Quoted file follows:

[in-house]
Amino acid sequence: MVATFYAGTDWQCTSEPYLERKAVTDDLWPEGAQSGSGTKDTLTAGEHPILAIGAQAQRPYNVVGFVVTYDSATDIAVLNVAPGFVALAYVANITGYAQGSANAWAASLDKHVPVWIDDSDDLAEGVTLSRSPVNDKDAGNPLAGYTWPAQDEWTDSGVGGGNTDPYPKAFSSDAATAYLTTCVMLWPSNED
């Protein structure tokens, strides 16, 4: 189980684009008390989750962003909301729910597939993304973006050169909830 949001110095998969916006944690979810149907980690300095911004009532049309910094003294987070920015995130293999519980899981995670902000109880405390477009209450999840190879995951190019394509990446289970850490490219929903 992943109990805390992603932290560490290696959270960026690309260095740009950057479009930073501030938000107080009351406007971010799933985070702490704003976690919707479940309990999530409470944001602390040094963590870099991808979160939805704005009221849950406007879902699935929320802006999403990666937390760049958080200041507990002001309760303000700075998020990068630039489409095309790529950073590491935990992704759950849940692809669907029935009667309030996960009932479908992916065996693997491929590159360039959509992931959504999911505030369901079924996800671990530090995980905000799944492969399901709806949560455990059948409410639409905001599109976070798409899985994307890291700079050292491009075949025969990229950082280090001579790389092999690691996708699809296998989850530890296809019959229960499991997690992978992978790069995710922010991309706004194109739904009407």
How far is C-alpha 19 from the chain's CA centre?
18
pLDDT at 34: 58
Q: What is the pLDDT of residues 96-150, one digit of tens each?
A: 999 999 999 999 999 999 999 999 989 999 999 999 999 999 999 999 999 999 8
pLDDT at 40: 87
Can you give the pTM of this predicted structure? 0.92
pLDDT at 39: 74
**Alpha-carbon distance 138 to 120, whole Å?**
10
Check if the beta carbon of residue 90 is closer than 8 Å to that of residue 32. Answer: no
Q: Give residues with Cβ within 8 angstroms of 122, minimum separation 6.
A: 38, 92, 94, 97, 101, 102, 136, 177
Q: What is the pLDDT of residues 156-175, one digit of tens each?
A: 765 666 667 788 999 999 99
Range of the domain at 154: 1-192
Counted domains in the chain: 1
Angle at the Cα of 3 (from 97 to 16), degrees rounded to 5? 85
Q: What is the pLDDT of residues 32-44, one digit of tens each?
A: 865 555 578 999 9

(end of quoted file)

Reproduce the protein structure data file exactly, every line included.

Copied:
[in-house]
Amino acid sequence: MVATFYAGTDWQCTSEPYLERKAVTDDLWPEGAQSGSGTKDTLTAGEHPILAIGAQAQRPYNVVGFVVTYDSATDIAVLNVAPGFVALAYVANITGYAQGSANAWAASLDKHVPVWIDDSDDLAEGVTLSRSPVNDKDAGNPLAGYTWPAQDEWTDSGVGGGNTDPYPKAFSSDAATAYLTTCVMLWPSNED
């Protein structure tokens, strides 16, 4: 189980684009008390989750962003909301729910597939993304973006050169909830 949001110095998969916006944690979810149907980690300095911004009532049309910094003294987070920015995130293999519980899981995670902000109880405390477009209450999840190879995951190019394509990446289970850490490219929903 992943109990805390992603932290560490290696959270960026690309260095740009950057479009930073501030938000107080009351406007971010799933985070702490704003976690919707479940309990999530409470944001602390040094963590870099991808979160939805704005009221849950406007879902699935929320802006999403990666937390760049958080200041507990002001309760303000700075998020990068630039489409095309790529950073590491935990992704759950849940692809669907029935009667309030996960009932479908992916065996693997491929590159360039959509992931959504999911505030369901079924996800671990530090995980905000799944492969399901709806949560455990059948409410639409905001599109976070798409899985994307890291700079050292491009075949025969990229950082280090001579790389092999690691996708699809296998989850530890296809019959229960499991997690992978992978790069995710922010991309706004194109739904009407």
How far is C-alpha 19 from the chain's CA centre?
18
pLDDT at 34: 58
Q: What is the pLDDT of residues 96-150, one digit of tens each?
A: 999 999 999 999 999 999 999 999 989 999 999 999 999 999 999 999 999 999 8
pLDDT at 40: 87
Can you give the pTM of this predicted structure? 0.92
pLDDT at 39: 74
**Alpha-carbon distance 138 to 120, whole Å?**
10
Check if the beta carbon of residue 90 is closer than 8 Å to that of residue 32. Answer: no
Q: Give residues with Cβ within 8 angstroms of 122, minimum separation 6.
A: 38, 92, 94, 97, 101, 102, 136, 177
Q: What is the pLDDT of residues 156-175, one digit of tens each?
A: 765 666 667 788 999 999 99
Range of the domain at 154: 1-192
Counted domains in the chain: 1
Angle at the Cα of 3 (from 97 to 16), degrees rounded to 5? 85
Q: What is the pLDDT of residues 32-44, one digit of tens each?
A: 865 555 578 999 9